What are estimates of distortion effects around (above/below) the 250 worker threshold? How will subsidiaries be treated compared to branches?





    I'm tired of learning about the UK, and I have to take time to familiarize myself with the below local election issues by Tuesday so please take a few days to carefully consider any response.

    Spoiler Alert, click show to read: 
    Ballot Question 1, New York City Elections Charter Amendment: Ranked-Choice Voting, Vacancies, and City Council Redistricting Timeline On the ballot
    A yes vote is a vote in favor of amending the city charter to do the following:
    establish ranked-choice voting to be used for primary and special elections beginning in 2021;
    increase the time between a city office vacancy and the special election to fill it from 45 days (60 for mayor) to 80 days; and
    change the timeline for city council redistricting to complete it prior to city council nominating petition signature collection.

    • Ballot Question 2, New York City Civilian Complaint Review Board Charter Amendment On the ballot
    A yes vote is a vote in favor of amending the city charter to do the following:
    add two members to the 13-member Civilian Complaint Review Board (CCRB)—one appointed by the Public Advocate and one jointly by the mayor and speaker of the council;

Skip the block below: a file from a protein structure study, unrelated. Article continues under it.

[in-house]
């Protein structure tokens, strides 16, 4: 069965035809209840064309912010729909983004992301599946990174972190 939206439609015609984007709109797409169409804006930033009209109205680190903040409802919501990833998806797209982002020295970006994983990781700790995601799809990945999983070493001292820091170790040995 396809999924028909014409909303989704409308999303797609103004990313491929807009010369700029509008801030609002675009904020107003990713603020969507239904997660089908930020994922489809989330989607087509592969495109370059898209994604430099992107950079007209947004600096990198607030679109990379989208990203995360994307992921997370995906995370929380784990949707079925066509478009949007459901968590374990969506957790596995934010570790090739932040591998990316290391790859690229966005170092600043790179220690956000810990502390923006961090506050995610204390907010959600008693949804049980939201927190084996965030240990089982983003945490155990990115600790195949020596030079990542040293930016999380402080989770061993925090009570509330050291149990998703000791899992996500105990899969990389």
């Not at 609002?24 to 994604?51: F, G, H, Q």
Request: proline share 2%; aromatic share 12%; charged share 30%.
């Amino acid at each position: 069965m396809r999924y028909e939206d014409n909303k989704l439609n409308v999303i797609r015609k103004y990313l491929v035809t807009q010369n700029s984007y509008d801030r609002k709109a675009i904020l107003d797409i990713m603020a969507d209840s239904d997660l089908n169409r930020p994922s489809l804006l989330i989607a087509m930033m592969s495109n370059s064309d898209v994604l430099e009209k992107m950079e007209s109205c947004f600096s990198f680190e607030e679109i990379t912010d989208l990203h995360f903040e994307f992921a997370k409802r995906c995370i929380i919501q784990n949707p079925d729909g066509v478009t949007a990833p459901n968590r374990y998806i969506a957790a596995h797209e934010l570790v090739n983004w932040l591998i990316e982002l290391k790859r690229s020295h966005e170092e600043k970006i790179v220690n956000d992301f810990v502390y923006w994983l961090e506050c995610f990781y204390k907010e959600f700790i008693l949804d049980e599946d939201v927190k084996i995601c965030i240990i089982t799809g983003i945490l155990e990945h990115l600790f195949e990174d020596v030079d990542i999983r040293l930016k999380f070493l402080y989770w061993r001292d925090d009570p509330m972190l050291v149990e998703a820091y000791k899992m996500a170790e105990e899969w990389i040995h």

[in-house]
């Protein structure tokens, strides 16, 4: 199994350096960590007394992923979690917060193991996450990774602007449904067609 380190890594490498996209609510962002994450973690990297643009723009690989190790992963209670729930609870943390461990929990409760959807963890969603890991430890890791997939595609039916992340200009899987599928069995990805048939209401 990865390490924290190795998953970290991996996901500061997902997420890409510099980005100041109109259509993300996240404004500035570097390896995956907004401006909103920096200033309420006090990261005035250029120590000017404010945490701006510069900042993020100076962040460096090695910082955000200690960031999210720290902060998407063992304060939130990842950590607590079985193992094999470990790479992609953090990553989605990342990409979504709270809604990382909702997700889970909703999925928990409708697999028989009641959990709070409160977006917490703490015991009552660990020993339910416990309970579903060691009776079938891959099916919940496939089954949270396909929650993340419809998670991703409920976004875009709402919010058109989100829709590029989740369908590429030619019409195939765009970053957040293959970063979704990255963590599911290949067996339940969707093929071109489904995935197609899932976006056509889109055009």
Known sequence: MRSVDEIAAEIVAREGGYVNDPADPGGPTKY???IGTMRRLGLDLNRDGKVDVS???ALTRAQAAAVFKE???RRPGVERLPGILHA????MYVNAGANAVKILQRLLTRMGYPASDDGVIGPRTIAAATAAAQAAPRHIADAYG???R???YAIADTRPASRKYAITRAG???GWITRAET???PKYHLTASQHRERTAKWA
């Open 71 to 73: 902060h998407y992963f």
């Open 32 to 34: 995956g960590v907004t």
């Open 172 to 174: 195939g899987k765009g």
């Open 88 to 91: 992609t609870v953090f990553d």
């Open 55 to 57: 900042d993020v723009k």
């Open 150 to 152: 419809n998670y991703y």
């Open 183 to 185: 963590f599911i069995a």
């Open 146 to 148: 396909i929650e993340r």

allow the city council to appoint members directly without the mayor having final appointing authority;
    require the CCRB annual budget to be enough to hire employees for at least one CCRB for every 154 police officers (0.65% of the city's police force) unless the mayor determines that fiscal necessity prevents it;
    add to the city charter the requirement that the city police commissioner to provide an explanation to the CCRB whenever the board's disciplinary recommendations aren't followed;
    authorize the CCRB to investigate the truthfulness of statements made during its investigation of complaints; and
    allow the CCRB to delegate its authority to issue and enforce subpoenas.

    • Ballot Question 3, New York City Ethics and Government Charter Amendment On the ballot
    A yes vote is a vote in favor of amending the city charter to do the following:
    increase the amount of time after leaving service before elected city officials and senior appointed officials can appear before the city agencies in which they served from one year to two years;
    replace two of five members of the Conflicts of Interest Board (COIB) appointed by the mayor with a member appointed by the comptroller and a member appointed by the public advocate;
    prohibit members of the COIB from involvement with city office campaigns and restrict contributions from COIB members to campaigns to between $250 and $400 depending on the office;
    add to the city charter a requirement that the Minority- and Women-Owned Business Enterprise (M/WBE) to report directly to the mayor and to require a mayoral office for the M/WBE; and
    require city council confirmation of the city's corporation counsel appointed by the mayor.

    • Ballot Question 4, New York City City Budget Charter Amendment: Revenue Stabilization Fund, Public Advocate and Borough President Budgets, and Reporting by Mayor On the ballot